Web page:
your local horse riding equestrian reference for Wales ...
Traditional Welsh Symbols and Images ...
The Welsh Flag ...
(Y Ddraig Goch) incorporates the red dragon of Prince Cadwalader along with the Tudor colours of green and white.
It was used by Henry VII at the battle of Bosworth in 1485 after which it was carried in state to St. Paul's Cathedral.
The red dragon was then included in the Tudor royal arms to signify their Welsh descent. It was officially recognised as the Welsh national flag in 1959.
The British Union Flag incorporates the flags of Scotland, Ireland and England but does not have any Welsh representation.
The Flag of Owain Glyndwr ...
Many welsh people believe this flag, which has 4 squares alternating in red and yellow and then a rampant lion of the opposite colour in each square, is the true flag of Wales. Believing Owain Glyn Dwr was the last real Prince of Wales.
Owain Glyn Dwr (anglicised as Owen Glendower) led a Welsh revolt against the English crown between 1400 and 1409. He was the last man to claim the title of independent prince of Wales.
Glyn Dwr was educated in England and joined the English army. He took part in an invasion of Scotland and then retired to his estates in Wales.
In 1399, against the backdrop of Richard II's overthrow by Henry Bolingbroke, Glyn Dwr's long-running land dispute with his neighbour, Reginald de Grey, escalated into rebellion. Glyn Dwr proclaimed himself prince of Wales in September 1400.
The Welsh Dragon, part of the national flag design, is also a popular Welsh symbol.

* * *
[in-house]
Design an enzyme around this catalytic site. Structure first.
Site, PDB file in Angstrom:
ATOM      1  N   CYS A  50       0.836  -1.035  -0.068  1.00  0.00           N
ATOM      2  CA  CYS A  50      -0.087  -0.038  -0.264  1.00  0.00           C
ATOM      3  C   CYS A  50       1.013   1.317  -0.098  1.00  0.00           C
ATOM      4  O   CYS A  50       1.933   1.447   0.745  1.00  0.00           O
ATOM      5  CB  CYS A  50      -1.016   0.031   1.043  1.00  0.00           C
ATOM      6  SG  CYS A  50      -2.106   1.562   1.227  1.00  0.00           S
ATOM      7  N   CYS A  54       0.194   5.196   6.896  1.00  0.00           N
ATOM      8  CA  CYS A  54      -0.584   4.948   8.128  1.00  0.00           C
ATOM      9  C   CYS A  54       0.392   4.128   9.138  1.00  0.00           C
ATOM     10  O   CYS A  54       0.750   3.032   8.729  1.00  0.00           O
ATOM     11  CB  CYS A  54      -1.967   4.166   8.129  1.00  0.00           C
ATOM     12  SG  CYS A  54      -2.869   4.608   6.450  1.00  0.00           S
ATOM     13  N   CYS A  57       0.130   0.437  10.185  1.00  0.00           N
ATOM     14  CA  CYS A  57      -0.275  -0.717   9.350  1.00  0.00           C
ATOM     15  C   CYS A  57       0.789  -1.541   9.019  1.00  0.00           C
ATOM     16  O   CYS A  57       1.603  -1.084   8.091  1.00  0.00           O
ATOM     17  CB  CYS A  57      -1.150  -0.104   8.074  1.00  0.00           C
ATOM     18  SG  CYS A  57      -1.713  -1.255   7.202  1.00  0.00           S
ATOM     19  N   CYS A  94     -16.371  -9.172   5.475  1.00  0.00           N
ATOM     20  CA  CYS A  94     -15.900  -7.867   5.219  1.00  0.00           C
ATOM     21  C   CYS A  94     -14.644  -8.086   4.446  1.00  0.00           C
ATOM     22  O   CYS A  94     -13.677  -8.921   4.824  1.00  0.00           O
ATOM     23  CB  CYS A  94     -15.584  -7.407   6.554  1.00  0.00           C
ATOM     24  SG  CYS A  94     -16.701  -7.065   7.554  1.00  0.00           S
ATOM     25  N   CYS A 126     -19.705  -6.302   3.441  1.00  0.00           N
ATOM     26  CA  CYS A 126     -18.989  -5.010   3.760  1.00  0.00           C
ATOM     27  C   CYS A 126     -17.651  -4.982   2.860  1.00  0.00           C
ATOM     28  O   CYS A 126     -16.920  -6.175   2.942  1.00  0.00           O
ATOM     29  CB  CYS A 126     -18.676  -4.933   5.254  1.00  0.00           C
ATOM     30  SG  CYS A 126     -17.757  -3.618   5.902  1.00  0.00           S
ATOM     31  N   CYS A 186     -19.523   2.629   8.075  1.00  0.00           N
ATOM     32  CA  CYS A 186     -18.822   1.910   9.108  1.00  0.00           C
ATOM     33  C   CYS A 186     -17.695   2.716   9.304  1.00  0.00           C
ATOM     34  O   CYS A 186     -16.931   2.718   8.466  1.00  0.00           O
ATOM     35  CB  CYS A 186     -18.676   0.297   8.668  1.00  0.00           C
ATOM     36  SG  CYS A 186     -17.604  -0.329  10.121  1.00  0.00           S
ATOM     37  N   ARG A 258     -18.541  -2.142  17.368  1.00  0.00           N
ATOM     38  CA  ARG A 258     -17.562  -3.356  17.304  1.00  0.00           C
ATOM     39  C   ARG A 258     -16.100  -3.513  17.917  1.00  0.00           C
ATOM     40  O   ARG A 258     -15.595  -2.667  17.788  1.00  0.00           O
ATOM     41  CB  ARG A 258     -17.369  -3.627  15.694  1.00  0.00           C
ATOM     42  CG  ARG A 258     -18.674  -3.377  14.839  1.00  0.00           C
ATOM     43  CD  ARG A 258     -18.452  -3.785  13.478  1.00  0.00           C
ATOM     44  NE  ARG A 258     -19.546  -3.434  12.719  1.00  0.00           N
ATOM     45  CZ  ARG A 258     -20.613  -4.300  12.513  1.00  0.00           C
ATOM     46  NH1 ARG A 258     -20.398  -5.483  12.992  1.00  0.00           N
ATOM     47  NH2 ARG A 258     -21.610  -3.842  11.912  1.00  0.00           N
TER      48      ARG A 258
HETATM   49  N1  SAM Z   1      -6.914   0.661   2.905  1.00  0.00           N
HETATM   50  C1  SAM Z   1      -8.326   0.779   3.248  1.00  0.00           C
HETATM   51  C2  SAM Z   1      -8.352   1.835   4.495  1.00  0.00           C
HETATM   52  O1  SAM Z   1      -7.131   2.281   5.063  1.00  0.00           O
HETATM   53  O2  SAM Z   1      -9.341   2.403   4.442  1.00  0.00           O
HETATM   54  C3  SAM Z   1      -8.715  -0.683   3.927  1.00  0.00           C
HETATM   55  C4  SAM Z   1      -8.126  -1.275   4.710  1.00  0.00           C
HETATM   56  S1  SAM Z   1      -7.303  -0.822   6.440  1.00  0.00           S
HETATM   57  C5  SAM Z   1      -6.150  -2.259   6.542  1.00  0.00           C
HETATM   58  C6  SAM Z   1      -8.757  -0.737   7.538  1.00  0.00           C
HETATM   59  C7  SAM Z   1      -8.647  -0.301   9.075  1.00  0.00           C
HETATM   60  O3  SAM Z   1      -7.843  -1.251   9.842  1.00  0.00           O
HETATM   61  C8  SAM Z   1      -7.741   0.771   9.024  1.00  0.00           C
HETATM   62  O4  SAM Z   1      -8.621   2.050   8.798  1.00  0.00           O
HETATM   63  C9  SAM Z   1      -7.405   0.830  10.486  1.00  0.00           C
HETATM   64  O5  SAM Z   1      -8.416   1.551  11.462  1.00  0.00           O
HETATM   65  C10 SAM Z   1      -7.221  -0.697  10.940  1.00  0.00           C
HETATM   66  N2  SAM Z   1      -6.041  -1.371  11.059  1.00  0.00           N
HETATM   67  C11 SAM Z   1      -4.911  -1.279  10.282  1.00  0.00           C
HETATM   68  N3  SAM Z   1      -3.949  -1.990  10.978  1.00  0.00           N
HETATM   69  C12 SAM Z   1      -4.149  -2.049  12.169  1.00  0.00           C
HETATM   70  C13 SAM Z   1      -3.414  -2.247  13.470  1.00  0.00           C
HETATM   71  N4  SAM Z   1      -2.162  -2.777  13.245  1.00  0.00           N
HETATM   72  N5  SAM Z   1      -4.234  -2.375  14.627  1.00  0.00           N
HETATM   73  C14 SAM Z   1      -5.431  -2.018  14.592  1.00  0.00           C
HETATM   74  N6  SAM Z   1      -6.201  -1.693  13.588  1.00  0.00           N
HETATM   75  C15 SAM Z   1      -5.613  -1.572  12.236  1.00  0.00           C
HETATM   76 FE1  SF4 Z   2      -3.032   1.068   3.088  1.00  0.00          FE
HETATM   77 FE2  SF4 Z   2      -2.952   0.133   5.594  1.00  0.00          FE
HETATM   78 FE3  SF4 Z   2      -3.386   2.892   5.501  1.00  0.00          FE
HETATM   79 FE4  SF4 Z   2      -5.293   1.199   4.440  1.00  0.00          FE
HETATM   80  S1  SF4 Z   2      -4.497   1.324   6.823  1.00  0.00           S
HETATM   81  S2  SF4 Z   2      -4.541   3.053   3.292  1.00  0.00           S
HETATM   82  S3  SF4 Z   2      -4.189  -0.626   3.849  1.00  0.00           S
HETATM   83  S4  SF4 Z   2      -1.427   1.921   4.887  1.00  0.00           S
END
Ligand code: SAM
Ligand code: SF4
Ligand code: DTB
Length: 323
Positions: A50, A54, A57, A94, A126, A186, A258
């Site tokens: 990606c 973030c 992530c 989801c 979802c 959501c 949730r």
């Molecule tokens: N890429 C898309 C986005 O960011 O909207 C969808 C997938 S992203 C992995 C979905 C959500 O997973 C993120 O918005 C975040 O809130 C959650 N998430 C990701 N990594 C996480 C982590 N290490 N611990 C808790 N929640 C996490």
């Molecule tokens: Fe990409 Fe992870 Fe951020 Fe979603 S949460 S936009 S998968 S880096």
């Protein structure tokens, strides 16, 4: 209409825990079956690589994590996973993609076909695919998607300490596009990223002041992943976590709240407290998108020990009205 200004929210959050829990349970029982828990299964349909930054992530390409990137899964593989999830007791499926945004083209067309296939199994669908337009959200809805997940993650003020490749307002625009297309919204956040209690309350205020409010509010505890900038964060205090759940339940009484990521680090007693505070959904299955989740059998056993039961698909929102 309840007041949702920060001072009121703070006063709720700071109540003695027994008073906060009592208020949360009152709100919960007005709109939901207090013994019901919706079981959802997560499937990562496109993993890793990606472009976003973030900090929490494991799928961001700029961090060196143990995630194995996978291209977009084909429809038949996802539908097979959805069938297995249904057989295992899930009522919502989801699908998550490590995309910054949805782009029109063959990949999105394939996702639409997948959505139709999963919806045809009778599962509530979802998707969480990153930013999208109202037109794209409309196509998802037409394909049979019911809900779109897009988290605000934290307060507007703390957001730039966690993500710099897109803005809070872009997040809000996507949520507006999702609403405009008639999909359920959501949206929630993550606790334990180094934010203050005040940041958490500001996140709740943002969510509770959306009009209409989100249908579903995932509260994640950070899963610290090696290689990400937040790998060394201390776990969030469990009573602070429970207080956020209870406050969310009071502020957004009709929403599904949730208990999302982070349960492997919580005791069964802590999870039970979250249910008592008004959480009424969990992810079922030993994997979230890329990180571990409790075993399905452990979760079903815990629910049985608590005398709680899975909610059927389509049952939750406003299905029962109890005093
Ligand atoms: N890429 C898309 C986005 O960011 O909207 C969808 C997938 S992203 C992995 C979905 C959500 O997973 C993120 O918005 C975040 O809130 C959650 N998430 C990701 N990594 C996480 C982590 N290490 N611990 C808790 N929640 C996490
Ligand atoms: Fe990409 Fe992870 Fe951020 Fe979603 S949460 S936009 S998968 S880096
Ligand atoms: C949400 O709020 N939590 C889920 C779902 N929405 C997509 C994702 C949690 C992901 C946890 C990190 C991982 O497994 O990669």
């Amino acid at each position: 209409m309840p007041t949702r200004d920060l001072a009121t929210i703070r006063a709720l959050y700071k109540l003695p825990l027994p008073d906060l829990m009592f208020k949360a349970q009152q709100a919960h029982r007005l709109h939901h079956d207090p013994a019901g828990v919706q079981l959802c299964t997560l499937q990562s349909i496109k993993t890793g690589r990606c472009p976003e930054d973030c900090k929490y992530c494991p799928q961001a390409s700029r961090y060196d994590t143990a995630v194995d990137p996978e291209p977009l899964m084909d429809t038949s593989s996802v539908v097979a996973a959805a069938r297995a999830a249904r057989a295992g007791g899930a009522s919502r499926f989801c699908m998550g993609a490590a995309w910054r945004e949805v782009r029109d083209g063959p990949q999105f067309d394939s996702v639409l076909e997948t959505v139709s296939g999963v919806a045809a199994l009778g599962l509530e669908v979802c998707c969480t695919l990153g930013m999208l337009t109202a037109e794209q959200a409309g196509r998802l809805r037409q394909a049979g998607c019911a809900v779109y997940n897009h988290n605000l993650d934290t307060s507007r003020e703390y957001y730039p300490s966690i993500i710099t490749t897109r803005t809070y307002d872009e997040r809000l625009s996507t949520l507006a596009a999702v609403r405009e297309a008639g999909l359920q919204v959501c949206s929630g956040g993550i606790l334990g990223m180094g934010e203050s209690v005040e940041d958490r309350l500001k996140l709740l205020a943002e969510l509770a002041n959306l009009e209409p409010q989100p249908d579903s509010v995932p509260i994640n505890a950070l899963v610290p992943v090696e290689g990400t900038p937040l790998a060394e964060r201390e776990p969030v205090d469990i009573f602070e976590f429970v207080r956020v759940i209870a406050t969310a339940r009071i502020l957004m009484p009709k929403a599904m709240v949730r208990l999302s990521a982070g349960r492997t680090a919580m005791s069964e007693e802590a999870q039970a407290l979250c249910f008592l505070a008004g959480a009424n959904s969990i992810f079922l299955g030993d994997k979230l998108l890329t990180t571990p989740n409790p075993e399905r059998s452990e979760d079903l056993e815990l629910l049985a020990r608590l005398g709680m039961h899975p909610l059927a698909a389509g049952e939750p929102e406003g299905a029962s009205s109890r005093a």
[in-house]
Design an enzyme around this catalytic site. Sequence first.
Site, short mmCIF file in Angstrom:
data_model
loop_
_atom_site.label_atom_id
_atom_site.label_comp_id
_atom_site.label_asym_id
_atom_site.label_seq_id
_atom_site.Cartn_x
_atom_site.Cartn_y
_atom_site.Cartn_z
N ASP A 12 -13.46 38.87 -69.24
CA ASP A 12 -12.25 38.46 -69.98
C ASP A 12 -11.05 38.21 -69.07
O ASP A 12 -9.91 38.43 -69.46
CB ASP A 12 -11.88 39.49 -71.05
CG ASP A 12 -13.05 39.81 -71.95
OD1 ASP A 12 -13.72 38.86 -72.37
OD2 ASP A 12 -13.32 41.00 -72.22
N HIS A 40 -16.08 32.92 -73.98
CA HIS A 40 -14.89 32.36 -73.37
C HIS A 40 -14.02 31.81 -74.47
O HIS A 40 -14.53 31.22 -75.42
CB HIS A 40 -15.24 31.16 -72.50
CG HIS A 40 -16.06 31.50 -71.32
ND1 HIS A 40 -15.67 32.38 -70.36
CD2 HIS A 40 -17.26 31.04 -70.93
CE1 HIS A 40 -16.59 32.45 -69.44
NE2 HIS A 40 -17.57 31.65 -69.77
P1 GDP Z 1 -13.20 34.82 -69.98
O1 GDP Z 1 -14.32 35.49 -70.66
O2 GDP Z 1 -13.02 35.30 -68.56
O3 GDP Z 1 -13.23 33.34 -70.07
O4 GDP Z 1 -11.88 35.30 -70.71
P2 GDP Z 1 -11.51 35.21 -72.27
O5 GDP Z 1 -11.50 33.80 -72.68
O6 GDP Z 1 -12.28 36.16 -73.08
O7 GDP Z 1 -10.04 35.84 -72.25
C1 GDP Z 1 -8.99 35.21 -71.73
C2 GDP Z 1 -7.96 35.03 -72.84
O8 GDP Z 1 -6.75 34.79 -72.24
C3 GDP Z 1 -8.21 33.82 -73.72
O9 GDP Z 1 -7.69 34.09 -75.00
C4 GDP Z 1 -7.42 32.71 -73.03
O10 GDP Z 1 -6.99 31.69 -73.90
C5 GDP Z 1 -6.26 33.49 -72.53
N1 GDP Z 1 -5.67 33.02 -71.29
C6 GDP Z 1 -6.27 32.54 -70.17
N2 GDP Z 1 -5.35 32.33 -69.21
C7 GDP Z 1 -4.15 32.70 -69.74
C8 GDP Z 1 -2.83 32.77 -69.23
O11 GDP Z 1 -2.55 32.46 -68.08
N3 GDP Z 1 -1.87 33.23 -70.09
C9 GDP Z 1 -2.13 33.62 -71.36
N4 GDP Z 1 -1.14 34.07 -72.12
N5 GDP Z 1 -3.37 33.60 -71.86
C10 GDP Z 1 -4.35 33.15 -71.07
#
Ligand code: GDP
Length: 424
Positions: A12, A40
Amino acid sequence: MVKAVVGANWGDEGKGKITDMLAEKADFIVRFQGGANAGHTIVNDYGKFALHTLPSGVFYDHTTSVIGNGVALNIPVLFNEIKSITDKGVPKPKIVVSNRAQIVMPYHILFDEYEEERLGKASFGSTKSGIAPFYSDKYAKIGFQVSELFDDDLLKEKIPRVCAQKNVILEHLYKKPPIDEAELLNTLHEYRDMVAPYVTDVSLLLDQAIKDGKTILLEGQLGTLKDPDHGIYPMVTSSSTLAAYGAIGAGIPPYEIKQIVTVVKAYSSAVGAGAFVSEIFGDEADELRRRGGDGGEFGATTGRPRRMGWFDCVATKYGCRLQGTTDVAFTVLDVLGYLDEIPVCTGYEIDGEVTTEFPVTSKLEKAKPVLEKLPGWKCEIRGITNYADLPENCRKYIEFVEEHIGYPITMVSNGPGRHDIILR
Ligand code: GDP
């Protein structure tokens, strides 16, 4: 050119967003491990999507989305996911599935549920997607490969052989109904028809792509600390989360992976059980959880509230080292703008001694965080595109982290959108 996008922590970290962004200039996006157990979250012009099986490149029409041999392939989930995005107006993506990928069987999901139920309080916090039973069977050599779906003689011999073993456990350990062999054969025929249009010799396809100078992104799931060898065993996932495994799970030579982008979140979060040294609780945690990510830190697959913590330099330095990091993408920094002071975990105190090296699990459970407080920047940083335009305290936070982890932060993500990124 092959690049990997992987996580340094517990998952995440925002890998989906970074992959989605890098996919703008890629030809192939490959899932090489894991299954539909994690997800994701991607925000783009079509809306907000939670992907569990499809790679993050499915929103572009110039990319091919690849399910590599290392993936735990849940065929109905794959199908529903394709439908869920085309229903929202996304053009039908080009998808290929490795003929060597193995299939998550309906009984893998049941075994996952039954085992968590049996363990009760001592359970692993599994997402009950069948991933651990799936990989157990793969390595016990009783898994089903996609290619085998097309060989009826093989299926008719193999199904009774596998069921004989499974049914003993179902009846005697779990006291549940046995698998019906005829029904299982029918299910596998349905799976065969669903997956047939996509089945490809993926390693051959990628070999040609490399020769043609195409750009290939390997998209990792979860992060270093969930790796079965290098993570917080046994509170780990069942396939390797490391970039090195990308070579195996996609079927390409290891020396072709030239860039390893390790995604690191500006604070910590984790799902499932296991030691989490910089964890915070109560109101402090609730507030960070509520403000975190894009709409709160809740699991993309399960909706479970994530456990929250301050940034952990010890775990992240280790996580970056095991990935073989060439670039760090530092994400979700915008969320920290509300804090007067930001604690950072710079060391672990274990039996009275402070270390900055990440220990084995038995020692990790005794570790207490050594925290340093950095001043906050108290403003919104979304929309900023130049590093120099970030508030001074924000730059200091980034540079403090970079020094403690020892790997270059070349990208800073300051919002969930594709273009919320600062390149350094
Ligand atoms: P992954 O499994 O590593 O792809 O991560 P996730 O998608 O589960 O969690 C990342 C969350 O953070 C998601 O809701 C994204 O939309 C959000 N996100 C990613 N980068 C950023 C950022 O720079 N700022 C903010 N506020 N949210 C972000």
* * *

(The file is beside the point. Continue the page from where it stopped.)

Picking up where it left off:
The oldest recorded use of the dragon to symbolise Wales is from the Historia Brittonum, written around 820, but it is popularly supposed to have been the battle standard of King Arthur and other ancient Celtic leaders.
This myth is likely to have originated from Merlin's vision of a the Red (Wales) and White (England) dragons battling, with the Red dragon being victorious.
Following the annexation of Wales by England, the dragon was used as a supporter in the English monarch's coat of arms.
The Welsh Leek ...
The leek and the daffodil are both emblems of Wales and they share the Welsh name Ceninenis.
According to legend, Saint David ordered his Welsh soldiers to identify themselves by wearing the leek on their helmets during an ancient battle against the Saxons, which took place in a field of leeks.
The leek is known to have been displayed as a Welsh emblem in 1536 and in Henry V, Shakespeare acknowledged this as an ancient custom.
The Daffodil ...
The Welsh national flower is worn on St David's Day each March 1. (In Welsh, the daffodil is known as "Peter's Leek", cenhinen Pedr.)
The Welsh daffodil does not have the same claim to literary or historical distinction as the Welsh leek. But, it has become the more favoured emblem of today, since some welsh folk find it makes a more attractive buttonhole on St. David's day.
Daffodils and new-born lambs herald the summer in Wales and The Sessile Oak is the national tree of Wales.
The Flag of Saint David
The flag of St. David is sometimes used as an alternative to the national flag.
Today it is used as part of Cardiff City Football Clubs crest.
It is flown every year on St David's Day.
The Coat of Arms of the Principality of Wales
This flag is used by Charles, Prince of Wales as his personal standard.
The Fleur de Lys
The Prince of Wales' feathers, the heraldic badge of the Prince of Wales is sometimes adapted by Welsh bodies for use in Wales.
The symbolism is explained on the article for Edward, the Black Prince, who was the first Prince of Wales to bear the emblem.
Also John, King of Bohemia.
The Welsh Rugby Union uses the design for its own badge.